New bill on CSR puts government house in order
This month Liberal MP John McKay introduced a private members’ bill (see Just the Facts) that imposes tighter controls on the provision of government support to Canadian extractive companies. Numerous studies have highlighted the significant environmental and human rights impacts of oil, gas and mining operations overseas. In 2005, a report by the Parliamentary Standing Committee on Foreign Affairs and International Trade (SCFAIT) drew attention to the fact that some Canadian extractive companies, which are responsible for adverse impacts, receive financial and political support from the Canadian government.
Transparency and disclosure
New bill on CSR puts government house in order
December 22, 2008
The Honourable James Flaherty
Minister of Finance
Department of Finance Canada
140 O’Connor Street
Ottawa, ON K1A 0G5
Dear Minister Flaherty:
Re: 2008 consultation with respect to the “Official Development Assistance Accountability Act”
Financial crisis a boon for ECAs
While hefty public bailouts of the financial and auto industries have stimulated debate on the role of governments in commercial markets, one form of government subsidy has flown beneath the proverbial radar: export credit. Confronted by an increasingly dire financial crisis, Western governments are using their export credit agencies (ECAs) to boost liquidity and rescue faltering industries. At an extraordinary World Trade Organization meeting last month, participating governments reported a 30% increase in ECA business over the previous 12 months. The WTO called for even greater reliance on public credit to lessen the burden on commercial banks. Shortly afterwards, the OECD announced an agreement with non-members, including Russia and Brazil, to provide markets with publicly-sourced export credit.
G-20 Summit – financial response to a development crisis
With the global economy continuing its downward spiral, ambitions for the first Group of 20 (G-20) “Summit on Financial Markets and the World Economy” in Washington were sky high. In contrast, expectations in terms of concrete outcomes, with diverging opinions on key issues going into the meeting and a pretender at the throne in DC, couldn’t have been lower.
New undemocratic “Washington Consensus” won’t fix global crisis, state over 630 groups from 104 countries
International, October 29th, 2008 – The day before the United Nations (UN) meets to discuss its new high-level taskforce on the global financial crisis, chaired by Nobel Laureate Joseph Stiglitz, and two weeks before the US hosts members of the Group of 20 to address the same issue, a coalition of 630 organizations from 104 countries have issued a statement demanding a truly global response to the global crisis and laying out a set of principles for doing so.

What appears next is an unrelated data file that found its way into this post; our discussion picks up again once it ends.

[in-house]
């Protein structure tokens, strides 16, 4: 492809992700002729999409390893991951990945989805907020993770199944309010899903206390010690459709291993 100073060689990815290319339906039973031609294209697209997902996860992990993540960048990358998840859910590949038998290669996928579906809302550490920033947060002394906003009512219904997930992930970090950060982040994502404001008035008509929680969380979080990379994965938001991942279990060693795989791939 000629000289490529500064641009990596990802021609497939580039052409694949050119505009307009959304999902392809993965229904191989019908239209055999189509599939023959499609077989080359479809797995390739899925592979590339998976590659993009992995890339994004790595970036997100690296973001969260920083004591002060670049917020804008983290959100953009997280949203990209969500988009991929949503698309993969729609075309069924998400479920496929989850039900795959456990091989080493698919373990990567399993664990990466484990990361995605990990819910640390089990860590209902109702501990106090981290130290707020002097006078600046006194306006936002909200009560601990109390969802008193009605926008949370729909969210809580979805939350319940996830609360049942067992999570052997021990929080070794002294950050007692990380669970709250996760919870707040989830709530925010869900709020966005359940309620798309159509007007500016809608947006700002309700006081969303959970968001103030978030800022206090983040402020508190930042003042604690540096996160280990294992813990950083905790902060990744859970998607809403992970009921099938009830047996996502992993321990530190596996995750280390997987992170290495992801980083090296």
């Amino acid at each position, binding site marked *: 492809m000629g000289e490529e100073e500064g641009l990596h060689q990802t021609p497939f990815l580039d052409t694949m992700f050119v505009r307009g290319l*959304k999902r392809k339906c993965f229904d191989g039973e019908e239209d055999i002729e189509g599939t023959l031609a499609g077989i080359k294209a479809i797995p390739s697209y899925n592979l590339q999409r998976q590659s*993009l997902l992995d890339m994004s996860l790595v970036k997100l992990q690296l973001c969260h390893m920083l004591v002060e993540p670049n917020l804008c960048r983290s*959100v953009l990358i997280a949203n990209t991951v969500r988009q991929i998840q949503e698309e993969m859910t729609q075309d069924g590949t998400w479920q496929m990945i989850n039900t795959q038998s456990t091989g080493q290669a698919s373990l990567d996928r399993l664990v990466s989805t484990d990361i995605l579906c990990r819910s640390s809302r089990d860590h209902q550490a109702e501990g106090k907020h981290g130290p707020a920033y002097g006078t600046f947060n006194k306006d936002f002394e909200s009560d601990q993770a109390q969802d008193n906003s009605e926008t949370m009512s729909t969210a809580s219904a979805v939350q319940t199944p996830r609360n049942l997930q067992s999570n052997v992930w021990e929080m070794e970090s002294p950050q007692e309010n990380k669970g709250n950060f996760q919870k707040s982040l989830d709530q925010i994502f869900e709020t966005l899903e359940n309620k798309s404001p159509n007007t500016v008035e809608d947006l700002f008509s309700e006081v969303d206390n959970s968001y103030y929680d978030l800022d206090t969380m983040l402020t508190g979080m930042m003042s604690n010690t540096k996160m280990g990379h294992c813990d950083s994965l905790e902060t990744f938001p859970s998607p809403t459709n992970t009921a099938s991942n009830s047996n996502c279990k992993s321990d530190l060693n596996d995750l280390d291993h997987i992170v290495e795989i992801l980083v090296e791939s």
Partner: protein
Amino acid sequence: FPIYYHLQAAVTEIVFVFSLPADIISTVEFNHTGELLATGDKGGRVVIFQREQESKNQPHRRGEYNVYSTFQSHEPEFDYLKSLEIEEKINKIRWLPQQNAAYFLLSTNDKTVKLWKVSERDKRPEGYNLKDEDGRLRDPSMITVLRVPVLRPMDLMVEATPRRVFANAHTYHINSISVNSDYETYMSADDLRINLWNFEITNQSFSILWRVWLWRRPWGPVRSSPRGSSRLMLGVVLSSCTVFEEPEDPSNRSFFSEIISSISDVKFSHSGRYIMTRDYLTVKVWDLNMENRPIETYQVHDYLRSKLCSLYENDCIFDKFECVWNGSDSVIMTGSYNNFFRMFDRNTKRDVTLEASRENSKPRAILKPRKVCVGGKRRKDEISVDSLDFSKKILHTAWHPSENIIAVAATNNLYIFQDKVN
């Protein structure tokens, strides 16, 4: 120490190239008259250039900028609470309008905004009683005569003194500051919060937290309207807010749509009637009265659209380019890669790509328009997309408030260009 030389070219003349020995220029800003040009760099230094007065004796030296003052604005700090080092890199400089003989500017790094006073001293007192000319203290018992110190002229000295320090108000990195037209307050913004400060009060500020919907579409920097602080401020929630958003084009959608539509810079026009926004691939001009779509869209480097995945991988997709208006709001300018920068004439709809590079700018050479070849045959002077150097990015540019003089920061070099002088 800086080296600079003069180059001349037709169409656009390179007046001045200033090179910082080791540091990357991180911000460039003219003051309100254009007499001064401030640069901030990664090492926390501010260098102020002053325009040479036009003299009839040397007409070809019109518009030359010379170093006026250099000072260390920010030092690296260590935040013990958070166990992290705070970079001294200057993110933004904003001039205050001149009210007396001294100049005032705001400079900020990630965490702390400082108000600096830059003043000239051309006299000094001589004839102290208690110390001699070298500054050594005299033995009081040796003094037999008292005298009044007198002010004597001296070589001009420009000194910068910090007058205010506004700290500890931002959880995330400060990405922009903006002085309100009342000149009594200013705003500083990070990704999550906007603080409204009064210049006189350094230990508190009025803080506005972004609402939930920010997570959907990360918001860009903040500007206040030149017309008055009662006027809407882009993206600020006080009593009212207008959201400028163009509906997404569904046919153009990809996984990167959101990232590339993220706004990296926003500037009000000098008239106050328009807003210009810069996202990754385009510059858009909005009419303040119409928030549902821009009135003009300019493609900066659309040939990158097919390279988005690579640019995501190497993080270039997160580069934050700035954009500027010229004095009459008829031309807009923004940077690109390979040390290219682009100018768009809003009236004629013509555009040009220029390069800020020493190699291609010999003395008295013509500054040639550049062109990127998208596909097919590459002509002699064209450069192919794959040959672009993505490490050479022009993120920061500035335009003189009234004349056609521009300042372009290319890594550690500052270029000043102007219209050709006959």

The World Bank
Washington, D.C. 20433
Edith Grace Ssempala
Acting Senior Vice President External Affairs
October 26, 2008
Thank you for your letter regarding voice and participation of developing and transition countries in the governance of the World Bank Group. Mr. Zoellick asked me to respond, and I am therefore requesting that the Bretton Woods Project transmit this to all those who signed the letter.
The World Bank and Climate Change
The World Bank is one of the most powerful financial institutions in the world. Created in 1944, the Bank has now become the world’s largest public “development” agency, influencing the policies of the majority of the world’s developing and emerging economies. In recent years, noting the significant impact that climate change is already having on developing countries and the gap in financing mechanisms available for addressing these impacts, the World Bank has increasingly staked a claim for itself as a key player on the issue – with widespread criticism from developing country governments and civil society around the world.
August 21, 2008
Ms. Nicole Bollen
Working Party on Export Credits and Credit Guarantees and of the Participants to the Arrangement on Officially Supported Export Credits
2, rue André Pascal
F-75775 Paris Cedex 16
Fax : c/o 01 44 30 61 58
Email : c/o Xcred.Secretariat@oecd.org
Dear Ms. Bollen,
Thank you for your letter of July 29, inviting ECA-Watch members to participate in an ECG consultation on November 18.
Business and human rights - protect, respect and remedy
Last month, members of the United Nations (UN) Human Rights Council unanimously endorsed the policy framework identified in April by John Ruggie, the Special Representative of the Secretary-General (SRSG) on human rights and transnational corporations. The Council also extended Mr. Ruggie’s mandate for three years.